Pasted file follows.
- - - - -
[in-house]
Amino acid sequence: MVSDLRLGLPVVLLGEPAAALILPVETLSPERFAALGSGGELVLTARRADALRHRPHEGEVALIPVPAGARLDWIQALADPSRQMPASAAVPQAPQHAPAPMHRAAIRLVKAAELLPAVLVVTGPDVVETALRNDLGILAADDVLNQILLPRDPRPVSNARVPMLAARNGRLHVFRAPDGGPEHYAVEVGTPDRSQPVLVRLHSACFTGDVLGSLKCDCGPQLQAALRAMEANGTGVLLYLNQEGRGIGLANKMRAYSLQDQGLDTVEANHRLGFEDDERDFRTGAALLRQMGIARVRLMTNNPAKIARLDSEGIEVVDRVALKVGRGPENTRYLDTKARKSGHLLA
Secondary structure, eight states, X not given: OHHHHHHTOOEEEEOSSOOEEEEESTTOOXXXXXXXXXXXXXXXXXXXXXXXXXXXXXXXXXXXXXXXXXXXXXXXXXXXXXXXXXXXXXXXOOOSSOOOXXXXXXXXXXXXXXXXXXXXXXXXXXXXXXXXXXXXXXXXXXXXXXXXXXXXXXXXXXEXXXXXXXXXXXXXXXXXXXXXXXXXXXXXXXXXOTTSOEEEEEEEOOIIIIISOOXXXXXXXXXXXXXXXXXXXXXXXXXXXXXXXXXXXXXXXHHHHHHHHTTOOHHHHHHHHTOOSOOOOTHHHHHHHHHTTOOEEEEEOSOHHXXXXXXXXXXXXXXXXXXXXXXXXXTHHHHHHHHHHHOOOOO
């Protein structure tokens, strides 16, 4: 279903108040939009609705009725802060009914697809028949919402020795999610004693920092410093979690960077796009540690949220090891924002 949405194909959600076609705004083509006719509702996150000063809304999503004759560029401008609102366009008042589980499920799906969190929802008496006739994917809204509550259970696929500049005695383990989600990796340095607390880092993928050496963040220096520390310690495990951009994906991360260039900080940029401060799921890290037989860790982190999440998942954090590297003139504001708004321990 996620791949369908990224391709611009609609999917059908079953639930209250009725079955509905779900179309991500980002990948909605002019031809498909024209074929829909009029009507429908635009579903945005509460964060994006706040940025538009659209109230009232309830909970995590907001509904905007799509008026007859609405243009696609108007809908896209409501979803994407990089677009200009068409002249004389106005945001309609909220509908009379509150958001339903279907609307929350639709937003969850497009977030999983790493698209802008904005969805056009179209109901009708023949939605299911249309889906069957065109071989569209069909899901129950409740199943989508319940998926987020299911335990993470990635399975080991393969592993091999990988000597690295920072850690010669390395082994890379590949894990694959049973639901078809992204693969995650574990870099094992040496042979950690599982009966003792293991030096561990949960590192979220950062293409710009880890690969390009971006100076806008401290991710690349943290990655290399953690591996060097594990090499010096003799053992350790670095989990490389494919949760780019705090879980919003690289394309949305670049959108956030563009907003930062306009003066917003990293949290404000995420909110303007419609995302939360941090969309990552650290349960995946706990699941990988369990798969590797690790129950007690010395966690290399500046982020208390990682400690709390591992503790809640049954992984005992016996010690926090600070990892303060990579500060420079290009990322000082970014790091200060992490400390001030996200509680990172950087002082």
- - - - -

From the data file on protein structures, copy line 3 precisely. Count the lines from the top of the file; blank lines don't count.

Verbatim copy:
Secondary structure, eight states, X not given: OHHHHHHTOOEEEEOSSOOEEEEESTTOOXXXXXXXXXXXXXXXXXXXXXXXXXXXXXXXXXXXXXXXXXXXXXXXXXXXXXXXXXXXXXXXOOOSSOOOXXXXXXXXXXXXXXXXXXXXXXXXXXXXXXXXXXXXXXXXXXXXXXXXXXXXXXXXXXEXXXXXXXXXXXXXXXXXXXXXXXXXXXXXXXXXOTTSOEEEEEEEOOIIIIISOOXXXXXXXXXXXXXXXXXXXXXXXXXXXXXXXXXXXXXXXHHHHHHHHTTOOHHHHHHHHTOOSOOOOTHHHHHHHHHTTOOEEEEEOSOHHXXXXXXXXXXXXXXXXXXXXXXXXXTHHHHHHHHHHHOOOOO